– – Over 70 Degrees
Just some early information.
Migration Update – October 17, 2012
Another weekend approaches and “Opening Day” slides further south along with the migration. Canada goose numbers continue to build in the upper Mississippi Flyway and Pintail numbers are building from the Klamath Basin to the Sacramento Valley. Increased rainfall has supplied much needed moisture to areas to parts of the eastern Central Flyway and The Great Lakes, though much more is needed to recharge the bulk of shallow wetlands.
Hello folks, and, as always, welcome to Waterfowler.com.
It’s mid-October and folks around the office are still wearing shorts here in northern Illinois. Opening Day is less than seventy-two hours away and the marsh where we normally hold the annual WFC Opening Day hunt is a choked with dried canary grass on bed of cracked, dry soil.
Despite the grim conditions we face at the marsh, geese are thick. Thicker than thieves and during our scouting trips we have noticed changes in habits that are worth mentioning here, as many of you hunting in drought stricken areas are likely to notice the same behavior.
Geese, being creatures of habit often return to the same fields to feed, over and over, until the waste grain disappears. The impact of the drought on the corn crop not only reduced the harvest rate but also impacted the amount of waste grain left in fields and competition for that little grain that remains is high. As a result, geese are changing fields often. Late flying flocks seem to be avoiding the crowds, traveling further and using more fields. In addition, the number of ducks using those fields appears to be above average as well.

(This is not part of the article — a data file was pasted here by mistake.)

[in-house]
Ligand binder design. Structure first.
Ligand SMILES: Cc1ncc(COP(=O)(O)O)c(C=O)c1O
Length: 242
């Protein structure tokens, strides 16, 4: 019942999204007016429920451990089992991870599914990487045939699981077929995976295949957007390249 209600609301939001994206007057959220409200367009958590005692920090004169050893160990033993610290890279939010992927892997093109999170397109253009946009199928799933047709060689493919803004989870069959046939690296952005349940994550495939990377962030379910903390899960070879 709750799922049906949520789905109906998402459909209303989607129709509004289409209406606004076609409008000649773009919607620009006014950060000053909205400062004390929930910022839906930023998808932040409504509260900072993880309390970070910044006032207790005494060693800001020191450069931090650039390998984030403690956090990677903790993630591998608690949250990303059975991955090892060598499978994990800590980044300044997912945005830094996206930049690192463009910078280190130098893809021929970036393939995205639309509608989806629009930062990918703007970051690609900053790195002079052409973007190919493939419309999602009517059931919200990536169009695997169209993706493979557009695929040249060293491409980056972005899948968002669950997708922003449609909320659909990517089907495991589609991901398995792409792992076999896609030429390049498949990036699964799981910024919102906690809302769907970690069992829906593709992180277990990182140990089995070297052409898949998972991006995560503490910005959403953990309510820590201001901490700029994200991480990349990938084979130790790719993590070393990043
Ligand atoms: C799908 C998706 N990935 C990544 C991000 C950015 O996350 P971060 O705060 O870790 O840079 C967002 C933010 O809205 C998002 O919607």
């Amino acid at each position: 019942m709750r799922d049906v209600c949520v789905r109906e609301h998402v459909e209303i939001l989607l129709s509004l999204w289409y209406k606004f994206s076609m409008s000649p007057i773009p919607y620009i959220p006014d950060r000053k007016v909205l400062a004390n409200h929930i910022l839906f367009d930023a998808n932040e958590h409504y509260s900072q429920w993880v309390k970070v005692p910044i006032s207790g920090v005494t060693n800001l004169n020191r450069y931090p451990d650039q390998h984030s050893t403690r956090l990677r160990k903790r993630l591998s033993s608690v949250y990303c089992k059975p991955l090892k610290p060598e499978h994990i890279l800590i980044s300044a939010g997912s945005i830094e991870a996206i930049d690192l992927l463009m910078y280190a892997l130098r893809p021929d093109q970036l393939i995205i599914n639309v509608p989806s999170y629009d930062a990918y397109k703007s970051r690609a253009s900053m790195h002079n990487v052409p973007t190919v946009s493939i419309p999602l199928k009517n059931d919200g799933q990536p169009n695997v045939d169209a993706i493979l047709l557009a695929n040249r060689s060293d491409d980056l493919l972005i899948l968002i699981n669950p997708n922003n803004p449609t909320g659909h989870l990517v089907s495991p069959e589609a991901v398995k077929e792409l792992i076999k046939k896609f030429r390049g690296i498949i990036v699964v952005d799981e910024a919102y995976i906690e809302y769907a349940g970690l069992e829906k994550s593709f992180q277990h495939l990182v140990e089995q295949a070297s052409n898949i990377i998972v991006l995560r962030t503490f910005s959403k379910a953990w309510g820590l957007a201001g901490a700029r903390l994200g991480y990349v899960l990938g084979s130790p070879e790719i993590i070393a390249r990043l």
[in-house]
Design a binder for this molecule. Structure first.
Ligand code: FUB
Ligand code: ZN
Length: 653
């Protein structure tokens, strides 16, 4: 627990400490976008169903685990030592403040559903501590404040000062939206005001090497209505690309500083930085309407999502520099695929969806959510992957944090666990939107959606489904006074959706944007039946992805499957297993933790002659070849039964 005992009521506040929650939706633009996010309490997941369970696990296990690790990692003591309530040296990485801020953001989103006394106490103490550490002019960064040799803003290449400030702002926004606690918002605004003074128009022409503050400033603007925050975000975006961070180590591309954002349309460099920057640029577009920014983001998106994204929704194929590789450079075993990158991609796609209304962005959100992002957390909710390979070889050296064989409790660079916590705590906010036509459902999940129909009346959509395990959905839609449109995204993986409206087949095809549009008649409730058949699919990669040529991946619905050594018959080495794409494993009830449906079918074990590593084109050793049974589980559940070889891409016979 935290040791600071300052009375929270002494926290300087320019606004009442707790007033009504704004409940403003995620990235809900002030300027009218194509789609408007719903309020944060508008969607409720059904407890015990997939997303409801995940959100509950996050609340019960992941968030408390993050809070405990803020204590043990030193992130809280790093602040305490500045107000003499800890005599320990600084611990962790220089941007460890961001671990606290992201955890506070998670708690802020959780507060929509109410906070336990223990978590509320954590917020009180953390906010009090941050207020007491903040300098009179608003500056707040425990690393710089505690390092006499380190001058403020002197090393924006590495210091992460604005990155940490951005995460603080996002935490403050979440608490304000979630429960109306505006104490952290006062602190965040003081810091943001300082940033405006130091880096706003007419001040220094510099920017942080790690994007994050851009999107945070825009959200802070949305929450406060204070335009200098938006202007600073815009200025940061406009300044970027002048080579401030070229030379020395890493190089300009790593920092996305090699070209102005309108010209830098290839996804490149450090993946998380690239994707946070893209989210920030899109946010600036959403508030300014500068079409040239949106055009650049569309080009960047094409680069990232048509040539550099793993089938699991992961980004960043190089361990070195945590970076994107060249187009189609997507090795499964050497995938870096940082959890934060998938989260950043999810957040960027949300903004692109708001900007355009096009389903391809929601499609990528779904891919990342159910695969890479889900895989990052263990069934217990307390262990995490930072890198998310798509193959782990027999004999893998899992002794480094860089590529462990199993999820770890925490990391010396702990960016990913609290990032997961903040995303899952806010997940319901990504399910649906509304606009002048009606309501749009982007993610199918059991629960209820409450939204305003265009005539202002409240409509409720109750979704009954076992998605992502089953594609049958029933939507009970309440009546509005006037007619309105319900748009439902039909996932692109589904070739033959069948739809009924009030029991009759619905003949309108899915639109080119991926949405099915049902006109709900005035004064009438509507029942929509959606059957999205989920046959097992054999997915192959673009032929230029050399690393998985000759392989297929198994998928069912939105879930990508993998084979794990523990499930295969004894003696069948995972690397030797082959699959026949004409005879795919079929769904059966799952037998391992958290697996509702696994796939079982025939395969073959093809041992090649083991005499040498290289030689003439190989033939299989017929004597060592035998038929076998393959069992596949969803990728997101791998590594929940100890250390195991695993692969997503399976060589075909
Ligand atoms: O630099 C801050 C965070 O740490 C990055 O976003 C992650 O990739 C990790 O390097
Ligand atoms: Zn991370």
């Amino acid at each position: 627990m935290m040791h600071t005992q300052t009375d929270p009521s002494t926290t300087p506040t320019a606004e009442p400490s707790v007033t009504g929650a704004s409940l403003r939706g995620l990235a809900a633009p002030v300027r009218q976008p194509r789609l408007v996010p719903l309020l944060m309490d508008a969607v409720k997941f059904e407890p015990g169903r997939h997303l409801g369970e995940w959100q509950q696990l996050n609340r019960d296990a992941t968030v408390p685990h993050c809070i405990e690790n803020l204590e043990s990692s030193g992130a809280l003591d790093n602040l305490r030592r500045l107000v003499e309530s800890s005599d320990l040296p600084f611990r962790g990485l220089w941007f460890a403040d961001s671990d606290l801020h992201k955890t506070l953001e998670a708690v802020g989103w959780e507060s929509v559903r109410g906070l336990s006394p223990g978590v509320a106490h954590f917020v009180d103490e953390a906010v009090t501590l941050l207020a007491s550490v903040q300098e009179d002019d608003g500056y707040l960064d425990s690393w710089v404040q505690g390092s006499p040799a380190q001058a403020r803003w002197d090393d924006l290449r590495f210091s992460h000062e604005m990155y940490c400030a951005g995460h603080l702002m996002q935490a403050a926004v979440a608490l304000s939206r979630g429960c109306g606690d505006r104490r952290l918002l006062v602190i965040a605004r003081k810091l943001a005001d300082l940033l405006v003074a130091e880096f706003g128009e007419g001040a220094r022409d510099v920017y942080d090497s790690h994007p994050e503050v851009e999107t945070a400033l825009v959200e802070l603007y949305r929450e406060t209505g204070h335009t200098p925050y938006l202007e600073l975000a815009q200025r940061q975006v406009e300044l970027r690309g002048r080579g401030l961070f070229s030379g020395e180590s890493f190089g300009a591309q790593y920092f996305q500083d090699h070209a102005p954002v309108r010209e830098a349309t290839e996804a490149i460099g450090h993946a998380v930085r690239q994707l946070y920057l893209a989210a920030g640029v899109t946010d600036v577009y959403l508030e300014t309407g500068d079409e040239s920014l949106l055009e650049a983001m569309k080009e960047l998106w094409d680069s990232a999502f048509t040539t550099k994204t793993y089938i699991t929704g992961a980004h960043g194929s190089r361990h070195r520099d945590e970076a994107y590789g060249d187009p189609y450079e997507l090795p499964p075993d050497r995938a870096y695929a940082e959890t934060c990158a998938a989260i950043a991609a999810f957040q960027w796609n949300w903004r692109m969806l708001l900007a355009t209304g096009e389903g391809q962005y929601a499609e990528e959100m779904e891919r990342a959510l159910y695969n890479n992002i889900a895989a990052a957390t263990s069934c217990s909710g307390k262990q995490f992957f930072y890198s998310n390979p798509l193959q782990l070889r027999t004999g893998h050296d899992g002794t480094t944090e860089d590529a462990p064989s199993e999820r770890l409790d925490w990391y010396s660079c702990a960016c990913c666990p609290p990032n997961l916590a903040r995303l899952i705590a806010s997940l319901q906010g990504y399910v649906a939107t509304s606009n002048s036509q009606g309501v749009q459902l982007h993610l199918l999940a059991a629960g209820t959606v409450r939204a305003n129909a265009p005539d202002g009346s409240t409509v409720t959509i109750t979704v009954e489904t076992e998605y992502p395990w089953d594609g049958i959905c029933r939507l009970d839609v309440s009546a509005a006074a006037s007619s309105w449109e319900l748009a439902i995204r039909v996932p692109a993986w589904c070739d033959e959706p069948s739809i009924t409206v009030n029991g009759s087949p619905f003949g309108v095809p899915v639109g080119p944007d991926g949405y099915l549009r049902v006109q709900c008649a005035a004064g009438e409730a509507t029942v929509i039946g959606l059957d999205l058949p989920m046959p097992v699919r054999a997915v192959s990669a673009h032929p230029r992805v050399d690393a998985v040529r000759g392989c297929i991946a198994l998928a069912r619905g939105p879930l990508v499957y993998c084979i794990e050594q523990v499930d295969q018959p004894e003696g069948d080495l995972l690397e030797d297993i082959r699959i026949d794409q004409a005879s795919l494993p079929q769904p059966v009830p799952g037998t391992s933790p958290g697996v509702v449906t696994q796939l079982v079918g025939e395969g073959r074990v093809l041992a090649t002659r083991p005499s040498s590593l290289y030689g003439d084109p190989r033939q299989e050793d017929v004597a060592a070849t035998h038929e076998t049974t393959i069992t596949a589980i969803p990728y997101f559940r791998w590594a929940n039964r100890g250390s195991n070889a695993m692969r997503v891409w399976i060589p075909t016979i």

That said, opportunity is abound if you are willing to step out of your waders and the safety zone of tradition methods and hunt were the birds are. As you are scouting and seeking land access, be aware that many states require you to carry a signed permission slip from the landowner to hunt. Even in states that do not require a consent form, it is a good idea to have one with you. Use the link below to access a standard form from the Ohio DNR or visit your state’s wildlife management website to download, print and store blank copies for your travels
Excellent hunting continues in Saskatchewan and Manitoba with duck numbers slightly below average for this time of year in Dakotas. Low water and dry conditions continue to impact hunter success across the U.S. Prairie Pothole region as ducks continue to migrate south and few birds trickle down from Canada. Duck numbers from Colorado to Nebraska are fair with goose numbers good. Teal and other early migrating birds continue to drift south past dry areas as numbers slowly build in the southern most wintering grounds.
Above average temperatures and drought conditions continue to fuel early season lull for hunting in the northern most portion of the flyway. Hunting pressure has dropped slightly since opening day in far northern states and the relief is good for those trying who are happy to scratch out a few birds during the lull. Goose numbers continue to increase from Minnesota to Northern Illinois in preparation for the next round of season openers. With more rain on the horizon, hunters are hoping for any relief they can get from the coming precipitation.
– – –
GENEVA, Sept 25 (Reuters) – An El Nino event, usually associated with significant changes in rainfall, is likely to develop this month and next in the Pacific, affecting global climate patterns, the World Meteorological Organization (WMO) said on Tuesday.
The phenomenon, characterised by unusually warm ocean temperatures in the tropical Pacific, has been linked previously to drier-than-normal conditions in Australia, Indonesia, the Philippines, northeastern Brazil, southeastern Africa and parts of Asia, the United Nations agency said.
“A weak El Nino may develop in September and October and last until the northern hemisphere winter,” the WMO said in a statement.